I was doing the maths the other day and the ratios don’t add up. It would appear that there are approximately 1100 patients per dentist. That doesn’t sound so bad except the research goes on to say that only 50% of these people will visit dentist.
You’ve worked hard for your degree and I’m sure you did this in the belief that you would be well compensated for your efforts. You may be passionate about dentistry and I certainly hope you are, if not get out now, it’s the passion that keeps you going!
But — It’s harder than it was 40 years ago to make the sort of living you were hoping for. You’ve invested in your passion, what are you going to do now?
Now right here you could tell me to retire, I’m 67 and you’ve just started. Me clearing off would leave a few more patients for you to treat. It’s true, but actually according to research there are at least a thousand dentists over 65 in practice, I’m sure for a variety of reasons.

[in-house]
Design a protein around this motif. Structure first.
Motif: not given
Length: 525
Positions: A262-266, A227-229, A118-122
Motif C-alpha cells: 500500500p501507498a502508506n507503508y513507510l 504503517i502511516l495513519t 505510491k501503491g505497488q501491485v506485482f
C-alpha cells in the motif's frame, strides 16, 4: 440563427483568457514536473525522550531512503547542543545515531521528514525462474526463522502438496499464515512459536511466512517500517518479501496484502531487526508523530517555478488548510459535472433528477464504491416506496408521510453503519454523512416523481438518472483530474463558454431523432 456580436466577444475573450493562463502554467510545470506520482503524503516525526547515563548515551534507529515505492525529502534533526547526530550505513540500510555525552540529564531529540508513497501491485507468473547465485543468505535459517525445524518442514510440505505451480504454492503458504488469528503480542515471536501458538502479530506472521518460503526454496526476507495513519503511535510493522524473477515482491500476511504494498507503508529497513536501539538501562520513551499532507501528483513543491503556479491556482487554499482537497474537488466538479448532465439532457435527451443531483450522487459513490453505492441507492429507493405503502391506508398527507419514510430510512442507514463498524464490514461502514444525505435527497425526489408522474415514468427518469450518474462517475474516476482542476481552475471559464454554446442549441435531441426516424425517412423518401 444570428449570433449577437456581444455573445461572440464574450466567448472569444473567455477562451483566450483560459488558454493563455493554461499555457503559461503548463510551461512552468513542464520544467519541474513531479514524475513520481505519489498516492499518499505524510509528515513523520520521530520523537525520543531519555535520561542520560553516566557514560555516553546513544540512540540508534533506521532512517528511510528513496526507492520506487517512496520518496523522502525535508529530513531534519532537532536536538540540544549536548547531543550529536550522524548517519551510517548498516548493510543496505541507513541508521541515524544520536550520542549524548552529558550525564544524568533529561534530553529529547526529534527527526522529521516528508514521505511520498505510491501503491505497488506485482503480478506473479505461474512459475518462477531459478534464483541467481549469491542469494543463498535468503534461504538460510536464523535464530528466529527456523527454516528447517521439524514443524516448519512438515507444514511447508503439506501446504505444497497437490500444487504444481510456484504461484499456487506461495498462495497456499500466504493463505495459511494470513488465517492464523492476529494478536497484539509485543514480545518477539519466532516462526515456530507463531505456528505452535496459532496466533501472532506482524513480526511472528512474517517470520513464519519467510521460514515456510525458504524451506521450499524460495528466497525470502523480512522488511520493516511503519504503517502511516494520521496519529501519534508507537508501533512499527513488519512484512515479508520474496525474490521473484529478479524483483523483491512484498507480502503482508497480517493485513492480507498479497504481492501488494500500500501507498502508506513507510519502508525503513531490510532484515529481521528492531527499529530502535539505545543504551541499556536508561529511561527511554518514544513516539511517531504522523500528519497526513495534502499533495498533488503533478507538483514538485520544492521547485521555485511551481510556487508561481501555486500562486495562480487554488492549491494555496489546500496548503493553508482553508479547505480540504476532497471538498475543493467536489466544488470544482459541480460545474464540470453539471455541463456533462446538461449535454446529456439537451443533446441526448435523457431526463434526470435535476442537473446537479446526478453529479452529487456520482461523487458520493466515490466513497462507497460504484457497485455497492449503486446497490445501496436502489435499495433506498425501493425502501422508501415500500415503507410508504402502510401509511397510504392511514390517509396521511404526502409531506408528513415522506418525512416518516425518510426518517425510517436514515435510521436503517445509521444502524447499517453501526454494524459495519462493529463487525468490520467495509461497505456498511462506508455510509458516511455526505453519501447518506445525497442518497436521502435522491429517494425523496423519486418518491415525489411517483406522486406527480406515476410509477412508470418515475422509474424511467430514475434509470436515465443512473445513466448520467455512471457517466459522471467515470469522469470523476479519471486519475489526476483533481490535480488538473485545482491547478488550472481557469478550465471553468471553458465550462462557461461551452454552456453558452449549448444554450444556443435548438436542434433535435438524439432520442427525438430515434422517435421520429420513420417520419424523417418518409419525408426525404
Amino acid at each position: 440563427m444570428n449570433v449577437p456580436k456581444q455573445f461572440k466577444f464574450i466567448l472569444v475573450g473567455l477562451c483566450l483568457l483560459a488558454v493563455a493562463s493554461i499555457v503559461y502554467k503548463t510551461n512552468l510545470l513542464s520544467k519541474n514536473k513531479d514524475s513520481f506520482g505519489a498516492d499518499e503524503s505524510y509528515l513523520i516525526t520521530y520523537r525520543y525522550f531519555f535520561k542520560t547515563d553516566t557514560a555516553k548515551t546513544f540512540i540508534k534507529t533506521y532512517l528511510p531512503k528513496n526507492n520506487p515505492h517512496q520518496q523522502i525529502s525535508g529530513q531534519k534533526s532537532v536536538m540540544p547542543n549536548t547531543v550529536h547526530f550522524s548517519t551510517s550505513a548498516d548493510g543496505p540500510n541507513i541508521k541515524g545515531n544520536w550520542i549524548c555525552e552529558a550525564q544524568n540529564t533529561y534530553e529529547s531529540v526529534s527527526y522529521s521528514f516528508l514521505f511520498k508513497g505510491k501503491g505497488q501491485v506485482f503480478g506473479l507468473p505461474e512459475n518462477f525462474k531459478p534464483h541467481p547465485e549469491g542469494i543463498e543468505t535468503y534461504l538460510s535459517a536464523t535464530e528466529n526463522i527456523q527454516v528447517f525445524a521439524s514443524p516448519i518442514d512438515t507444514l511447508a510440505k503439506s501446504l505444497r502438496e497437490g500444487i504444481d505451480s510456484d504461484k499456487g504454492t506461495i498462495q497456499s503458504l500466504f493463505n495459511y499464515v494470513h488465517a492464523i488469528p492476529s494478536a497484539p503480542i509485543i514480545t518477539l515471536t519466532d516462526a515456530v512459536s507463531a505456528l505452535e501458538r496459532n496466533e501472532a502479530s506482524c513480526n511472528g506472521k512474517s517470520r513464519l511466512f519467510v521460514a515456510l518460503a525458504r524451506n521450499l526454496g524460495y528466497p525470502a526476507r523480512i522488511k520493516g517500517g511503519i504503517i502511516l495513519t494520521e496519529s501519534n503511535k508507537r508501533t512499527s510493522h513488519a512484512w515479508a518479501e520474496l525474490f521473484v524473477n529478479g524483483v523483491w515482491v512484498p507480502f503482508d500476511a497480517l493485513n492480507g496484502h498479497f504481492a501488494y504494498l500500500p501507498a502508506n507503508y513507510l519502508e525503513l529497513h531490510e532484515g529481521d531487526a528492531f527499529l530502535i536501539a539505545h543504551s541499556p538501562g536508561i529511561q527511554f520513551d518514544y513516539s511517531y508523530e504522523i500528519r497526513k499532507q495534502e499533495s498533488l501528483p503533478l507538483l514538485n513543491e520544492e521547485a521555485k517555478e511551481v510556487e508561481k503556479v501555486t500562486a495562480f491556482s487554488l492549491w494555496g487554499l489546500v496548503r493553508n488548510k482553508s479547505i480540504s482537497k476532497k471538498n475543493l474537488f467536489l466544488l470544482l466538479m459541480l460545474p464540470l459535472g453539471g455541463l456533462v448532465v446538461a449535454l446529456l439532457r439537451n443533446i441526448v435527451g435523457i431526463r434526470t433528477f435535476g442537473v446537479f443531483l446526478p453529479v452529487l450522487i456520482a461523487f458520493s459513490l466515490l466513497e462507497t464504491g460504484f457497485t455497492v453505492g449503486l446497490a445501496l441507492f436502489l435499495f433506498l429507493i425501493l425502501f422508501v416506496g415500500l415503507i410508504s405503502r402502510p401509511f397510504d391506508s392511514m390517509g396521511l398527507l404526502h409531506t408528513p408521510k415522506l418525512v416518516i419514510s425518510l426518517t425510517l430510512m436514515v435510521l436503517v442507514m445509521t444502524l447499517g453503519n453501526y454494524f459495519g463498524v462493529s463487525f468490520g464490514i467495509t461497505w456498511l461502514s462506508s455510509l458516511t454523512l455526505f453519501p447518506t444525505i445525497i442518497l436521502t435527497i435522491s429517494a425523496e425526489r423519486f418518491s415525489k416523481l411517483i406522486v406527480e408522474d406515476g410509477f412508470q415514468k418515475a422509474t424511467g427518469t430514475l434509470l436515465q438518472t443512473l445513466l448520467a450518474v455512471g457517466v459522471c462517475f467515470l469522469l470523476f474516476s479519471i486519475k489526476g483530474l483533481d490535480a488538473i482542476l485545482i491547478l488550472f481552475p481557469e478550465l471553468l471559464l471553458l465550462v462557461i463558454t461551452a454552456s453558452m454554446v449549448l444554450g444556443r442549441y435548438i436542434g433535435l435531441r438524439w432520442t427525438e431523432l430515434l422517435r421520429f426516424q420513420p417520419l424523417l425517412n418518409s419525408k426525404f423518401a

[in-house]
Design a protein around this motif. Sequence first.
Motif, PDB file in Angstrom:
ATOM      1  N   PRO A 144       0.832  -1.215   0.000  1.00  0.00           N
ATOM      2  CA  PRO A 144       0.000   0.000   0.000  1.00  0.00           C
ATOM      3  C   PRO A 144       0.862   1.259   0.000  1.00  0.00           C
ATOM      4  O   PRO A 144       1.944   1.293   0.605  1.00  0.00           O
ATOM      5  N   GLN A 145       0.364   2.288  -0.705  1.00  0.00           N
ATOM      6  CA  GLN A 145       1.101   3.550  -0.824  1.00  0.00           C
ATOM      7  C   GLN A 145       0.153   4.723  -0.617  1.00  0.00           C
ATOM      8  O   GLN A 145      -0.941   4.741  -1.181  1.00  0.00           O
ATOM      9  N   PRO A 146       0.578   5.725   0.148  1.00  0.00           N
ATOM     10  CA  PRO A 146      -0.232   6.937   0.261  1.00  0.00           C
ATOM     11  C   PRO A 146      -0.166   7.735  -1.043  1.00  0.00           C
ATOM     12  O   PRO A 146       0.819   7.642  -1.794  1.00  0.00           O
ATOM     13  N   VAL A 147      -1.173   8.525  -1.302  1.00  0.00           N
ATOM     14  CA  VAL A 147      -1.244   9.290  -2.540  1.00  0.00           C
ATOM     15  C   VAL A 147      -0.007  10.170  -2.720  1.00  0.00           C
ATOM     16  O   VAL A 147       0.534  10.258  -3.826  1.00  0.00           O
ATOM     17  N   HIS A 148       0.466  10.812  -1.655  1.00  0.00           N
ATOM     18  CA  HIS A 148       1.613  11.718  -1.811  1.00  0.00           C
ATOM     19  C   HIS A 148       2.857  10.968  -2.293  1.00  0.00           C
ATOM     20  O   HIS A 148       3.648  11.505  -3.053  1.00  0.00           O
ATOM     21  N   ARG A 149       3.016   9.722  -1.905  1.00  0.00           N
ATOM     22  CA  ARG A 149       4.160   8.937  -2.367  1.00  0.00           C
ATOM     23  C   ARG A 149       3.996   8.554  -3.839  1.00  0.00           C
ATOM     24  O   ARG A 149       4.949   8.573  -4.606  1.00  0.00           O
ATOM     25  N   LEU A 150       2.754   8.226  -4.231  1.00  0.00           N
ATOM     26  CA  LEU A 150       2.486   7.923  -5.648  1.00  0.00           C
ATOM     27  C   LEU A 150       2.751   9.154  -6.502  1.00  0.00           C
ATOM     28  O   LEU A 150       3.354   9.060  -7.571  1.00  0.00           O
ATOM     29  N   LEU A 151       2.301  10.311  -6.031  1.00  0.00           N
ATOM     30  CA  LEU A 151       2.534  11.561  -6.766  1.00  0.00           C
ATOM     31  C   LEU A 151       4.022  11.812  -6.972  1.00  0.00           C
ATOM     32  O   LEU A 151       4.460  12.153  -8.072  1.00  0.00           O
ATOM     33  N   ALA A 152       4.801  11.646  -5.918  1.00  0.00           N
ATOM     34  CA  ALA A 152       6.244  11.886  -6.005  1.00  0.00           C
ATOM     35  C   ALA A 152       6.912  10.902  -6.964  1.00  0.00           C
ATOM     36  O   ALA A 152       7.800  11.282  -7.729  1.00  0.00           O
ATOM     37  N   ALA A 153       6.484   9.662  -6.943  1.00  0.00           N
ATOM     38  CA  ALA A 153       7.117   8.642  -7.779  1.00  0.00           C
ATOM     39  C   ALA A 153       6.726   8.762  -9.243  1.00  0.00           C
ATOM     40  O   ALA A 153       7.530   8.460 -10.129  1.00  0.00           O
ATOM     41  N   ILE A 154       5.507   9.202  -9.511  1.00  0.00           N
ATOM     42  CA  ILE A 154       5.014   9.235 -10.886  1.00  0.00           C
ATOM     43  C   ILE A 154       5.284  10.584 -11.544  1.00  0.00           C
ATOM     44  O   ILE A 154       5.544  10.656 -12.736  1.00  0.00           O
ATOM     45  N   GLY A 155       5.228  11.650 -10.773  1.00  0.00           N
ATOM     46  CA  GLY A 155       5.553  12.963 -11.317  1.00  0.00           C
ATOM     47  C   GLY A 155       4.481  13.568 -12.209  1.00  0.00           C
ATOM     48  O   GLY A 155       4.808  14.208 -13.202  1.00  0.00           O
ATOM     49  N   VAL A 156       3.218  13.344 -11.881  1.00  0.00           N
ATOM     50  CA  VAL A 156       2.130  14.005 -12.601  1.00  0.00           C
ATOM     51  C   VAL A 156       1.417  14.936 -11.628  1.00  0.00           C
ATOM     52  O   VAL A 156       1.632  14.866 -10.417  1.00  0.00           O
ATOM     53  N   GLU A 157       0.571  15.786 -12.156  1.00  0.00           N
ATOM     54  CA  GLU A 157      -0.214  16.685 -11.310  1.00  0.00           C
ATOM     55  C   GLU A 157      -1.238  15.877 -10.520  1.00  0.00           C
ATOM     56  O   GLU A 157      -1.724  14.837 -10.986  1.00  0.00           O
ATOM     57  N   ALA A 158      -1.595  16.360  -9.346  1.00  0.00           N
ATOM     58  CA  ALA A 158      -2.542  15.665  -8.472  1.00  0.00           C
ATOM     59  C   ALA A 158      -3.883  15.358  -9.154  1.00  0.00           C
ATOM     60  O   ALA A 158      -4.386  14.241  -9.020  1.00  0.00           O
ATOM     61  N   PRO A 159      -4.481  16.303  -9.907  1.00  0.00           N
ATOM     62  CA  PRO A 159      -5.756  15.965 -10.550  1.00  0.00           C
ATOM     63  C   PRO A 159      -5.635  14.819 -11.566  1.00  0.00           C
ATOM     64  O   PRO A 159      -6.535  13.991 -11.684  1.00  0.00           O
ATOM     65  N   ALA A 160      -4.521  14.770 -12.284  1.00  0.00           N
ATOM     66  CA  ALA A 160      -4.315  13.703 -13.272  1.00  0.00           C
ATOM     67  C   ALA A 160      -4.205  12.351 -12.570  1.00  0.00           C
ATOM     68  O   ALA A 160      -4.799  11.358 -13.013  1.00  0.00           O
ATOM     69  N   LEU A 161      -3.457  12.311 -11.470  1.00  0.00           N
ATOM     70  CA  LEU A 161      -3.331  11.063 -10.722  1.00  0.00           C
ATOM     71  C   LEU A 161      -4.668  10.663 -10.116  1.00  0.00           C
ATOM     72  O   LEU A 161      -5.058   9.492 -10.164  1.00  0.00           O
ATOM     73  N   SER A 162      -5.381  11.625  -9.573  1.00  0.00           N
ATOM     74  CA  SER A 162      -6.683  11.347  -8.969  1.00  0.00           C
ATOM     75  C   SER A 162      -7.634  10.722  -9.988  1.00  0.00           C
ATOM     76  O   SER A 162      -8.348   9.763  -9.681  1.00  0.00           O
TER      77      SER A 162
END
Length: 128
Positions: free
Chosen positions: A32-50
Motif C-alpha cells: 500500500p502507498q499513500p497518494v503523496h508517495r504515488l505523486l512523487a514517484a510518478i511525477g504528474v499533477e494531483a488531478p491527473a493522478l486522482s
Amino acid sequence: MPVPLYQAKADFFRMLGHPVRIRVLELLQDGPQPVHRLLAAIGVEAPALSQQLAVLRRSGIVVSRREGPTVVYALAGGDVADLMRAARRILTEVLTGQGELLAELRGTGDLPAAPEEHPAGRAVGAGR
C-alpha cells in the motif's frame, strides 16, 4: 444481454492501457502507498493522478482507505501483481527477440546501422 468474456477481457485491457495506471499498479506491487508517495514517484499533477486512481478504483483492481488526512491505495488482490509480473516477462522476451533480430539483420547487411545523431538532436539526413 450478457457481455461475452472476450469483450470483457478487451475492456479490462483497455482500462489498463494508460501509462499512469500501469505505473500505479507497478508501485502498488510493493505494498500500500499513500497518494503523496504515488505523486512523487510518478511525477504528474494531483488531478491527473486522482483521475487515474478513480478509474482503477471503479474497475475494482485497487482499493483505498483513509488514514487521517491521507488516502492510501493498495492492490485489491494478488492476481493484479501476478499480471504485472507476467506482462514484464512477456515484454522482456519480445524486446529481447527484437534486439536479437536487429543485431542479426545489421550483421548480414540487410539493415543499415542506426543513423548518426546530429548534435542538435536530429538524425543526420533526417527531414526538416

About 35 years ago I decided to “Niche Down” my practice. This was a great idea and certainly helped me keep an active interest in my career. Without specialising it’s a great way to become an expert and the go to person in your area.
If I could do it all again, I would add one more factor to the game. I would have invested in a secondary form of income. Back then it was property, garages, car parks or storage units. Now it’s moved to the online space. For a far smaller investment you can niche your practice and work online.
It makes sense. We are seeing rapid change within the industry and while we have an epidemic of tooth decay, the competition is becoming greater, health funds more proactive and the proverbial preferred provider squeezed out.
If you want the life you promised yourself when you entered Uni, then it makes sense to be ahead of this trend, and hedge against the changes that will inevitably come.
I’d love to share both my take on “Niching Down” in practice and working the online space.
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